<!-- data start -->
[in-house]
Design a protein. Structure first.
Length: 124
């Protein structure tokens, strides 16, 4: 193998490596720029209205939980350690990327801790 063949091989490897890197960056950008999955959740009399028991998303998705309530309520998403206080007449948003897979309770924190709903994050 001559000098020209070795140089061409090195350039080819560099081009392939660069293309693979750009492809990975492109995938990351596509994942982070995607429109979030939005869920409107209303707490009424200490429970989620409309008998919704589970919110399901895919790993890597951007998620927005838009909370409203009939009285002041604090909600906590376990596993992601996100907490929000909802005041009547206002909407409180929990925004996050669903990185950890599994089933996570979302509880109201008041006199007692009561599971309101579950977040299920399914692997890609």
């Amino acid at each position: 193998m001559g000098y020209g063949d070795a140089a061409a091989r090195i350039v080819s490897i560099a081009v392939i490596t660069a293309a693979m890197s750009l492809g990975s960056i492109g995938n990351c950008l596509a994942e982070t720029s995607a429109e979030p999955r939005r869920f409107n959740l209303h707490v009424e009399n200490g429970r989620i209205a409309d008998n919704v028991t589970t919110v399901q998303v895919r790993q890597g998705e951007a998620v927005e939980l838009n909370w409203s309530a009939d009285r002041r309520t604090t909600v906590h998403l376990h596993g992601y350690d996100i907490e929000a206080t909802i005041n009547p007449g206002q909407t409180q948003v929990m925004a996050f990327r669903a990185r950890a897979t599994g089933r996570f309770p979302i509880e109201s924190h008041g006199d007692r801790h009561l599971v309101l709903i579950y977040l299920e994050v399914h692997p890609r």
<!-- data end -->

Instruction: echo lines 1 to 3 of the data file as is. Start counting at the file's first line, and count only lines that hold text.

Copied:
[in-house]
Design a protein. Structure first.
Length: 124